For those recently graduated from a public high school, where the student government had their small amount of power to organize dances, pep rallies and the occasional senior class event (but only with unanimous approval from administration), many incoming freshmen do not initially expect much more from a student government.
However, at orientation and Ram Welcome, you become acquainted with the notion of a whole new degree of seriousness and gravity that a student government at the university level holds. There is more diversity among students, more needs to be met and more opportunities to be explored compared to a high school that is limited by a school board that desperately does not want to step on toes. Amidst the shuffling from event to event during these programs at the beginning of your college career, it is hard to retain all the information, but at least I walked away with the idea that ASCSU really was “my” student government.
Several weeks into the semester, I had not heard anything about them in particular. Generally, the idea of a student government was far removed from my everyday life. The first thing I heard or saw about ASCSU my first semester of college was not until a Collegian article reported on a senator from ASCSU being impeached, and that the proceedings were being held behind closed doors.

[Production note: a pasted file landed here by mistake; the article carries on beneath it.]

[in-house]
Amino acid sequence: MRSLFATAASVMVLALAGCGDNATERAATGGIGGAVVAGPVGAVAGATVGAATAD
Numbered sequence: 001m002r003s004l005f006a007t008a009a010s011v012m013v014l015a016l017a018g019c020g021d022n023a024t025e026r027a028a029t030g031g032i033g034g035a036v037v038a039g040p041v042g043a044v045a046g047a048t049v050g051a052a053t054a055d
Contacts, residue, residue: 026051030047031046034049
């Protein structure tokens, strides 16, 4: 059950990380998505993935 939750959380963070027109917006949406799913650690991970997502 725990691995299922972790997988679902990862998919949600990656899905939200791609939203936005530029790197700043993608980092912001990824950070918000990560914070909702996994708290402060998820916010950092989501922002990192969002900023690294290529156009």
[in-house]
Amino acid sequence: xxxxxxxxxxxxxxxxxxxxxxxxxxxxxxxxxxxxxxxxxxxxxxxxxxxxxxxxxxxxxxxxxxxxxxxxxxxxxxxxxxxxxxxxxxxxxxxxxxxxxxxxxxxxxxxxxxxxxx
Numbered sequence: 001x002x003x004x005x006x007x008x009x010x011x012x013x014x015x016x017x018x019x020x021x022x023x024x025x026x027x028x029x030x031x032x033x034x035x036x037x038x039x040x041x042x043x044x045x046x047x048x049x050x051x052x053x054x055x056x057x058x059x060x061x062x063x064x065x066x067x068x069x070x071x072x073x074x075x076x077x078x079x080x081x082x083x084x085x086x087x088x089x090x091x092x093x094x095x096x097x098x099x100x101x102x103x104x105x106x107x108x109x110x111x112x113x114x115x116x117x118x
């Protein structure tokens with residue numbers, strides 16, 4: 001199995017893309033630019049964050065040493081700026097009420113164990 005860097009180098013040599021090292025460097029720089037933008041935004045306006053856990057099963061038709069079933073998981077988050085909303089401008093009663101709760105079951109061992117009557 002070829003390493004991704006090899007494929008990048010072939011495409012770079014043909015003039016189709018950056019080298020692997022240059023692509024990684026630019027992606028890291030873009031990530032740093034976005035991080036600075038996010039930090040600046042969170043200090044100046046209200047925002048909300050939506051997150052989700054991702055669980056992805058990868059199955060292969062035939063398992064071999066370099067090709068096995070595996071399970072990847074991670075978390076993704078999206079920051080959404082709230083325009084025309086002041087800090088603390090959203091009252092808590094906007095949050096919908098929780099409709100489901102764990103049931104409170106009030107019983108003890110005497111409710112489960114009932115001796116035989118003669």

Surprised that this was the first thing I heard about my student government since I had been in college, it came to mind that ASCSU barely had a presence on campus. It is accepted that negative news makes more news than good news, yet it seems reasonable to think that a proactive student government would be making headlines with new legislation, or ideas for programs.
Considering that the organization would go to the extent to impeach one of their senators, it is clear their jobs are undeniably taken seriously. However, it seems there is either a major misunderstanding with what ASCSU has capability to do, or more can be done.
It is important for the incoming class to know as soon as possible what exactly their student government can do for them, what it can’t do and to know who to go to when they want something brought to the attention of someone with some power. The less questions left up in the air over what ASCSU’s role is, the more involved the student body can be and help provide necessary contribution to the organization itself. It is, after all, a student government.
While students need to actively participate, ASCSU cannot and should not always wait for us. Taking on the responsibility of representing us requires them to actively advocate for us. Keeping ASCSU transparent, enthusiastic about student affairs and needs and fighting for them constantly would ultimately benefit everyone, even ASCSU themselves. If ASCSU will claim that they are our student government, then we both need to do our part to help form a student government that meets everyone’s needs.
Collegian Columnist Alexandra Stettner can be reached at email@example.com or on Twitter @alexstetts.